Another potential benefit comes not from the collagen itself, but from collagen supplements. Many collagen supplements are made up of more than just pure collagen peptides; they have additives, including vitamins and minerals your body needs to help regulate skin health. Be sure to check out our various collagen supplements like this one!
Another of the causes of acne is inflammation. Collagen itself isn't an anti-inflammatory, but it does do two things. First, some supplements come packaged with anti-inflammatory ingredients alongside the collagen. Second, it can be fuel for your body to help with healing and addressing the cause of inflammation.
Any acne treatment will need to treat the acne itself, if for no other reason than to keep you from picking at it and making it worse. That said, collagen as a supplement can help keep your skin healthy and prevent future acne flare-ups, or make them less bad when they do flare-up. Your results may vary, of course, depending on your skin type, your supplement type, and a variety of environmental and dietary factors.
How to Get Collagen
If you want to try taking collagen to help you with acne, or even with overall skin health, to prevent wrinkles, or to benefit your body in other ways, you have a lot of different options.
First, you should decide between pure collagen and collagen with additional ingredients. Pure collagen is the best option if all you want is the protein and peptides themselves. This is ideal if you're already taking other supplements with vitamins and minerals, so you can avoid doing anything that overdoses you on any one vitamin or mineral that can have harmful side effects. Collagen with additional ingredients can be a good idea if it's your only supplement, or if it's one of a few and you've made sure it doesn't overlap on anything harmful.
Next, you should make sure to avoid topical creams of collagen. Creams and skin care lotions can be a good part of your hygiene, but collagen doesn't add anything to the mix when you use it. No, not even collagen peptides; they're still large protein molecules, and that's more than your skin will allow in.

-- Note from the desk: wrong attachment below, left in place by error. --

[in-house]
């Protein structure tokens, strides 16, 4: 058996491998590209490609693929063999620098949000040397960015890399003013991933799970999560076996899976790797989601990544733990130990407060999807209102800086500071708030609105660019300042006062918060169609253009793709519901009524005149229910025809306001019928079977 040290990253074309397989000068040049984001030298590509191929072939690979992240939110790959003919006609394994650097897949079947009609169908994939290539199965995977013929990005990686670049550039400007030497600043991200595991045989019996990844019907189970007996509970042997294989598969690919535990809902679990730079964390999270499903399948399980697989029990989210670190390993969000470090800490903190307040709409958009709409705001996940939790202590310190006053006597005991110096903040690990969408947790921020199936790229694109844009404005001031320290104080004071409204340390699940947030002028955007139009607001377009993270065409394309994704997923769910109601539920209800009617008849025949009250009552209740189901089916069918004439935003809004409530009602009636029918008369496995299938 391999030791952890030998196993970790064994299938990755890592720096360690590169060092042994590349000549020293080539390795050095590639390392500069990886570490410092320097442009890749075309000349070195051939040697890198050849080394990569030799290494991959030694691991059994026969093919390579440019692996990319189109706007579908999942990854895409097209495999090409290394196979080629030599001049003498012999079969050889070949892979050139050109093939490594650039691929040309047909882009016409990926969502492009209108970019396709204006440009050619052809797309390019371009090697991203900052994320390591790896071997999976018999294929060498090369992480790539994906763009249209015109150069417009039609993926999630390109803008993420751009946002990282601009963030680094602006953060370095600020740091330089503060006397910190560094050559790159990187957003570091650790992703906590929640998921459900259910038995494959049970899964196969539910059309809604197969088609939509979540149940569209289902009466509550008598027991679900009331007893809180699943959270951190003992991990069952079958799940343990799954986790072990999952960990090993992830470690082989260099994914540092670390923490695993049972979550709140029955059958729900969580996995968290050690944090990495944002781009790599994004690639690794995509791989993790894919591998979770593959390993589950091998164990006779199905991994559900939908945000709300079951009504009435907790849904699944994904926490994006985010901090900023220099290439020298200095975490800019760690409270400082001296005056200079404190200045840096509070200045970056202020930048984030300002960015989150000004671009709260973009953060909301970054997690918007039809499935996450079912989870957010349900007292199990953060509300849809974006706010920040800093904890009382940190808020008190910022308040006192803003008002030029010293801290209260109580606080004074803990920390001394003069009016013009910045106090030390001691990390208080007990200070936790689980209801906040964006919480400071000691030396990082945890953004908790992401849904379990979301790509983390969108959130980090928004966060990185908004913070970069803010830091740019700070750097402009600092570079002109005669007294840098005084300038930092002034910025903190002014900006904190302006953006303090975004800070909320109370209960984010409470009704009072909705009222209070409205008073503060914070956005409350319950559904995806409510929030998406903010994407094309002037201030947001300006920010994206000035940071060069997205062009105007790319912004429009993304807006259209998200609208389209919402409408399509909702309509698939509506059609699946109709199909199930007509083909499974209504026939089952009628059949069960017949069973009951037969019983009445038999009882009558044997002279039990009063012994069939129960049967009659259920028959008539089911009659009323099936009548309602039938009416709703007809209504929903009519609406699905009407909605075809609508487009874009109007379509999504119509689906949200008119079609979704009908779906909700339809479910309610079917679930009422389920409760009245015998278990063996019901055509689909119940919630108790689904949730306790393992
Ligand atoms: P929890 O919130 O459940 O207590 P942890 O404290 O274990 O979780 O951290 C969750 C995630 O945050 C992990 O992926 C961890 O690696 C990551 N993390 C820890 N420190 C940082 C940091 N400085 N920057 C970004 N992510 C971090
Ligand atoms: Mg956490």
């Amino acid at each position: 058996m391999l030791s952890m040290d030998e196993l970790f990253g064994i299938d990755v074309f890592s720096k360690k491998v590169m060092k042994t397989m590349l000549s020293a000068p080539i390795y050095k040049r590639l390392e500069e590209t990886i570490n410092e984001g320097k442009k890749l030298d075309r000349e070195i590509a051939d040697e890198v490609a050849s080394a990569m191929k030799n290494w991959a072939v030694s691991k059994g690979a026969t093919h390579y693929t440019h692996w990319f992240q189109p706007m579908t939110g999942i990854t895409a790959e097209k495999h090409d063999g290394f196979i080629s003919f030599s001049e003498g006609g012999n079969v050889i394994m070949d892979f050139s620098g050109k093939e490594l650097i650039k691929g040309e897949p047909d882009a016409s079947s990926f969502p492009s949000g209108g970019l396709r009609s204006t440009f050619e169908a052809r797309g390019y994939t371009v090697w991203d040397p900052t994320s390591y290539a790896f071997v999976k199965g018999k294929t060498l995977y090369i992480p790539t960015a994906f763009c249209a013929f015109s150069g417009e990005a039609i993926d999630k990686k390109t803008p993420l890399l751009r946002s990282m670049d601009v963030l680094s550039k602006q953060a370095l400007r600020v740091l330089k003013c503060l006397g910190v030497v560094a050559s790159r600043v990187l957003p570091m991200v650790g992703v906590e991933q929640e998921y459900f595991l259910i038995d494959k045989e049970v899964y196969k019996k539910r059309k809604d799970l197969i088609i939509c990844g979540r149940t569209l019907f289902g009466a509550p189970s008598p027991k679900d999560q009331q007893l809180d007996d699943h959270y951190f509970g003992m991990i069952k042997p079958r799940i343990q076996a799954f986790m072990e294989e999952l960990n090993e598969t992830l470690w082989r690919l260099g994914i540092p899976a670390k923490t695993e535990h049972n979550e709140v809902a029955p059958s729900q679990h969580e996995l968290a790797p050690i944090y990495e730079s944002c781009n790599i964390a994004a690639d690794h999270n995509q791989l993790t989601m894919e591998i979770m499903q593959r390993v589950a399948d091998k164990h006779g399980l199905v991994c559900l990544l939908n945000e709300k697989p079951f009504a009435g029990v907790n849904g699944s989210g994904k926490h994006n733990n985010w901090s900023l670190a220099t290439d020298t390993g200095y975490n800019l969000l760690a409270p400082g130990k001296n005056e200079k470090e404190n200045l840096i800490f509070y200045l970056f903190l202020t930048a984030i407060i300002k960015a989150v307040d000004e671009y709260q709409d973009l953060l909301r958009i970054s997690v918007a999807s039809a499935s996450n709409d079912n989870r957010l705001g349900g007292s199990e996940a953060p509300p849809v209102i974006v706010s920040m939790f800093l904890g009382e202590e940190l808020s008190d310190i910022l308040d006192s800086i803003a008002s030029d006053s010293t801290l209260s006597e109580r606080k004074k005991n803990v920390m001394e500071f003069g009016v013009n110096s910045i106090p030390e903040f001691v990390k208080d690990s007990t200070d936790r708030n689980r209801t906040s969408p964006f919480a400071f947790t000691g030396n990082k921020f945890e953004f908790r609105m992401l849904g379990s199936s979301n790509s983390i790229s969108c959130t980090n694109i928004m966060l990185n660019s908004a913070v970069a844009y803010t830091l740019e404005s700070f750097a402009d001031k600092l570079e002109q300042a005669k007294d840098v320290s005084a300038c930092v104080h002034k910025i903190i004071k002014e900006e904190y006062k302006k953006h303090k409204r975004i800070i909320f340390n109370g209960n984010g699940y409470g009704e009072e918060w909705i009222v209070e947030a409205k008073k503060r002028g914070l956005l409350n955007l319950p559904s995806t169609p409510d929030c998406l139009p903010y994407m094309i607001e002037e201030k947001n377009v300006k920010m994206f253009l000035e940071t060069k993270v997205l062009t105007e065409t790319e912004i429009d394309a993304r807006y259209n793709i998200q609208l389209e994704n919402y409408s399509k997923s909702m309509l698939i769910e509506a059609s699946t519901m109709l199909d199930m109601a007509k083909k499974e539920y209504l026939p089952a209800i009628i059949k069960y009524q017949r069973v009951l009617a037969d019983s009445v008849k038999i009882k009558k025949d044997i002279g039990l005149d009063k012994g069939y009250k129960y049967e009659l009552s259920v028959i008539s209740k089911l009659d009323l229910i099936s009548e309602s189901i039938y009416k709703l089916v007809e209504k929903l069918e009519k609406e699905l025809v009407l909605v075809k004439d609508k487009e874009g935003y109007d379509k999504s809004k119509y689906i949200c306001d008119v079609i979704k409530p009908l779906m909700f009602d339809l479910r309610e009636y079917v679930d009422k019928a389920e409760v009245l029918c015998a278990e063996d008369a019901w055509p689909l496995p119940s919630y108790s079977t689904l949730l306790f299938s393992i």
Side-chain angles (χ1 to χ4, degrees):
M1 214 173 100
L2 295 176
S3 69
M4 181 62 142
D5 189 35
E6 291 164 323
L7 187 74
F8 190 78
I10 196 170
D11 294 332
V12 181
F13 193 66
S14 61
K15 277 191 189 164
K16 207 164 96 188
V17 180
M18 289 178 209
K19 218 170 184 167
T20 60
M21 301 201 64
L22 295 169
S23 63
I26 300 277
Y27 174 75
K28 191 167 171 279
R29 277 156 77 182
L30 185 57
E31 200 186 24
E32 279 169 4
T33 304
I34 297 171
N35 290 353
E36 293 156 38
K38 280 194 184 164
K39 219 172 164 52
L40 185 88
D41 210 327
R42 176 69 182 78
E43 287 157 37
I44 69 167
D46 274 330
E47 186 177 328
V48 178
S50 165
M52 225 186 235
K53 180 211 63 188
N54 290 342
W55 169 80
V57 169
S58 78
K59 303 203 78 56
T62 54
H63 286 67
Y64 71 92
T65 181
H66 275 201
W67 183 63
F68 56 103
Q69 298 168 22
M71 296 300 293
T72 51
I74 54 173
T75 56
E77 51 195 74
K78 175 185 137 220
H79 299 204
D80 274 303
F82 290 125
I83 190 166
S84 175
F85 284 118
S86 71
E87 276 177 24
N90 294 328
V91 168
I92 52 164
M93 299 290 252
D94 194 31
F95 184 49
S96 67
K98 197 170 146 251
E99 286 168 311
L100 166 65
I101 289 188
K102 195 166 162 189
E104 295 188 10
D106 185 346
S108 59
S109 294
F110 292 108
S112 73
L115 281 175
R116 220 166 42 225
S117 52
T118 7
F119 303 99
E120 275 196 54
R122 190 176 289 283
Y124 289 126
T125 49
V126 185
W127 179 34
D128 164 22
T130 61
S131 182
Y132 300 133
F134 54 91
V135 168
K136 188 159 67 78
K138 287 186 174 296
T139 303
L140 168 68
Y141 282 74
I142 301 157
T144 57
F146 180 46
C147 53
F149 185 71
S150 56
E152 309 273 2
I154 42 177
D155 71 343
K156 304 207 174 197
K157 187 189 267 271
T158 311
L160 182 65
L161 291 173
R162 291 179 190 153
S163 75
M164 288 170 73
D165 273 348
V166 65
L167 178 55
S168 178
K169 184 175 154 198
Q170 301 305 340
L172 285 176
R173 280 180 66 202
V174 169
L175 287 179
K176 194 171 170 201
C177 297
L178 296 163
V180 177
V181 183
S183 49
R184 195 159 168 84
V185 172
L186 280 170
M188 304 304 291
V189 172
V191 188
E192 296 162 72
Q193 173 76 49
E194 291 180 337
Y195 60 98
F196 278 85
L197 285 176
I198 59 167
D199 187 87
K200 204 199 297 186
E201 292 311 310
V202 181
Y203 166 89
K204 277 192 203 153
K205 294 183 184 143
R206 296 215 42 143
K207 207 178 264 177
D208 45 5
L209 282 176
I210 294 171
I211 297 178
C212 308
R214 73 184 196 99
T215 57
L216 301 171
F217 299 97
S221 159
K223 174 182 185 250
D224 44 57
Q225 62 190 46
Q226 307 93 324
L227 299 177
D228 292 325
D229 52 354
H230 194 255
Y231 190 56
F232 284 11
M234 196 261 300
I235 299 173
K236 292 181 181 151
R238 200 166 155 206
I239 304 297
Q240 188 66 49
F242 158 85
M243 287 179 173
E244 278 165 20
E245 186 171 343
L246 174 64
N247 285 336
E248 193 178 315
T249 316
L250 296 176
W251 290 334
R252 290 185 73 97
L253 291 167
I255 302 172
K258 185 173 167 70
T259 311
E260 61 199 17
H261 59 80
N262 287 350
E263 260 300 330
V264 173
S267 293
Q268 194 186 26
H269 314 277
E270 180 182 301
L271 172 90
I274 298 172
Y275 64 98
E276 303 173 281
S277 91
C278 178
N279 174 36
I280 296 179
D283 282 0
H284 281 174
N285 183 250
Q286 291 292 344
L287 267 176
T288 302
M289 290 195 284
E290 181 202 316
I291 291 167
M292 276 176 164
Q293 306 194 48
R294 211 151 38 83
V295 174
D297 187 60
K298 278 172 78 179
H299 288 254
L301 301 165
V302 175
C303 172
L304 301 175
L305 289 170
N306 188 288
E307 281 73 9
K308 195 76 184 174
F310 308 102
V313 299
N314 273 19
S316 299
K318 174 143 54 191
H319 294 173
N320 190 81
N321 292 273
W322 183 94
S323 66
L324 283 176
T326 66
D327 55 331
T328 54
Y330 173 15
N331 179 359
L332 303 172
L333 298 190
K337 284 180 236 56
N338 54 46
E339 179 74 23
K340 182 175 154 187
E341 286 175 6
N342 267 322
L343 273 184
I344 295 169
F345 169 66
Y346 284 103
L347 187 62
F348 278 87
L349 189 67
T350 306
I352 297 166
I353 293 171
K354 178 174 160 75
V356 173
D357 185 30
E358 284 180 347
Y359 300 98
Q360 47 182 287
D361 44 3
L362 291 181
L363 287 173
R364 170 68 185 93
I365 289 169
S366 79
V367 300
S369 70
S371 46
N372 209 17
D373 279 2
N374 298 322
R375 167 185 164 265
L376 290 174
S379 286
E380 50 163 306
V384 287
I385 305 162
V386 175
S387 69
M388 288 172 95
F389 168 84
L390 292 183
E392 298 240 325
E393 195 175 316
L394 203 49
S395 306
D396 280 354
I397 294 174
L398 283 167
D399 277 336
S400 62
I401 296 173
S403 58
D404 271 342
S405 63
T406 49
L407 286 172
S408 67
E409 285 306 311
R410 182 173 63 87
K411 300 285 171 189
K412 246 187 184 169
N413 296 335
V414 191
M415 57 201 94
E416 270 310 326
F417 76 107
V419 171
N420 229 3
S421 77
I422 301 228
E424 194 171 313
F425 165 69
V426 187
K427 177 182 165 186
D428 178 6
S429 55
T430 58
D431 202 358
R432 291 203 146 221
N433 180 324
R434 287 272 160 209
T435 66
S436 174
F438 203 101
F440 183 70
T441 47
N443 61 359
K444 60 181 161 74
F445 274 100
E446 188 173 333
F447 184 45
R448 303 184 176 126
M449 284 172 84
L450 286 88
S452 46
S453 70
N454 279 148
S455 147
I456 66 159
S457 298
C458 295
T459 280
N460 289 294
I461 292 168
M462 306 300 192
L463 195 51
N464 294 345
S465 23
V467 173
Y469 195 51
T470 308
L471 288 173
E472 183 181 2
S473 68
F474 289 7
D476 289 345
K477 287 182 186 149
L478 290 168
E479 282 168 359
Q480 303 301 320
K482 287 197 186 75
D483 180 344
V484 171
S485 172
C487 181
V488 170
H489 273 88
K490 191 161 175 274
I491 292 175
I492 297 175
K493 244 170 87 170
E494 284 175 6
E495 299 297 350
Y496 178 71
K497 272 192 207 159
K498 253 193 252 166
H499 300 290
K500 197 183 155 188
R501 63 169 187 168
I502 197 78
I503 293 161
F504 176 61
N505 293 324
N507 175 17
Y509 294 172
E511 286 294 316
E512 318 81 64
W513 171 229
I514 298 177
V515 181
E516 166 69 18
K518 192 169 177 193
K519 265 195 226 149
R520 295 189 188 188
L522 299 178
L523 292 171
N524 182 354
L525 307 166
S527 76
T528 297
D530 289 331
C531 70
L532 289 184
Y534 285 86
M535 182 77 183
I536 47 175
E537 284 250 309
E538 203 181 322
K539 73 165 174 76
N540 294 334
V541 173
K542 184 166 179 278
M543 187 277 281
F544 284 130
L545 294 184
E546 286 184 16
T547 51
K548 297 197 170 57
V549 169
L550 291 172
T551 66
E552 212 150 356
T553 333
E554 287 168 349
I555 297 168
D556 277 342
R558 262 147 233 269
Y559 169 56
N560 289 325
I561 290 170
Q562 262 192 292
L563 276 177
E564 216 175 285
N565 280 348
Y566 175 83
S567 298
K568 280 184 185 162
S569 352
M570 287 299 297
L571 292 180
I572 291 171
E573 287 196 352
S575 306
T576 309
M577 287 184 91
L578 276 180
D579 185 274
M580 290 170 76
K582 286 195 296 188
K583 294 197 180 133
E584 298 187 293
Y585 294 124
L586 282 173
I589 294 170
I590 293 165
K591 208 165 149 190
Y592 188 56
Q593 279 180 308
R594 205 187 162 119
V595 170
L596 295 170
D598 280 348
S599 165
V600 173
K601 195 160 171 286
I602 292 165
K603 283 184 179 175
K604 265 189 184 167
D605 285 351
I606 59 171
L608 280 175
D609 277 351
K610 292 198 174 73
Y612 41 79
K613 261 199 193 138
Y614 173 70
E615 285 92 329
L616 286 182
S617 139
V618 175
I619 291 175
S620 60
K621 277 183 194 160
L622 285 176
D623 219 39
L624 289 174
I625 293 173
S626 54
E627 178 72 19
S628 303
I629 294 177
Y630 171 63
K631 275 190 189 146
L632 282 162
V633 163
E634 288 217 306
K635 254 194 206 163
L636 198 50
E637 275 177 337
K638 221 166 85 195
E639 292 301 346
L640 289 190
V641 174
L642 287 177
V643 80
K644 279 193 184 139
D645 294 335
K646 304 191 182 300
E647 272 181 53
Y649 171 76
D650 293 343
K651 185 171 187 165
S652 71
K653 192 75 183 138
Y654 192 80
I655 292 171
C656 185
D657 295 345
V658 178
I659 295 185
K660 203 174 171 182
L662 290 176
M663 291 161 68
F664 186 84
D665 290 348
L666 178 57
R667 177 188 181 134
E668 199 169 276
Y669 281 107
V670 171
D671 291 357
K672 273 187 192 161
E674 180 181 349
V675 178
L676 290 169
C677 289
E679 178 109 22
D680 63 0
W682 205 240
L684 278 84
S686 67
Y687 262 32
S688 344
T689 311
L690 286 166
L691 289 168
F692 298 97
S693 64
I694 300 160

The next choice you need to make is the form you want your collagen to take. You have several options here.
- Powder. A collagen powder is easy to mix into something else, like a smoothie or shake if you want to add the protein and peptide supplement to something else you're already eating. It's mostly flavorless, already broken down, and readily available for your body to absorb and use.
- Capsules. A capsule is usually a gelatin shell that contains collagen powder. This is designed to be easy to swallow and dissolves in your stomach to release the collagen. Ironically, gelatin is itself a form of collagen, so you're getting just a tiny bit more collagen by eating a capsule than you would by opening it and eating the powder. Capsules are good for quick supplements you take on the go, or when you don't have something to mix the powder into.
- Broth. Most organic collagen you get is extracted from connective tissues and bones from animals. You can buy this already extracted in the form of a bone broth, or you can make it yourself. Next time you cook a ham or a turkey, boil the bones for a while and make your own broth! It's delicious and beneficial, though it takes some time to make.
We discuss these in greater detail here, along with another form you might not have considered, but which isn't relevant to acne.
All forms of taking collagen – at least those that have you eating or drinking the substance – perform more or less equally well. Your body will happily break down and use any collagen you give it through the digestive system, so you can use whichever delivery method is most convenient for you.
Will collagen cure your acne? Not directly. Can it help keep your skin healthy so you don't get acne as often or as bad? Absolutely. It's not a miracle cure, but it's a healthy ingredient, so your body can certainly use more than what you're likely getting on a daily basis.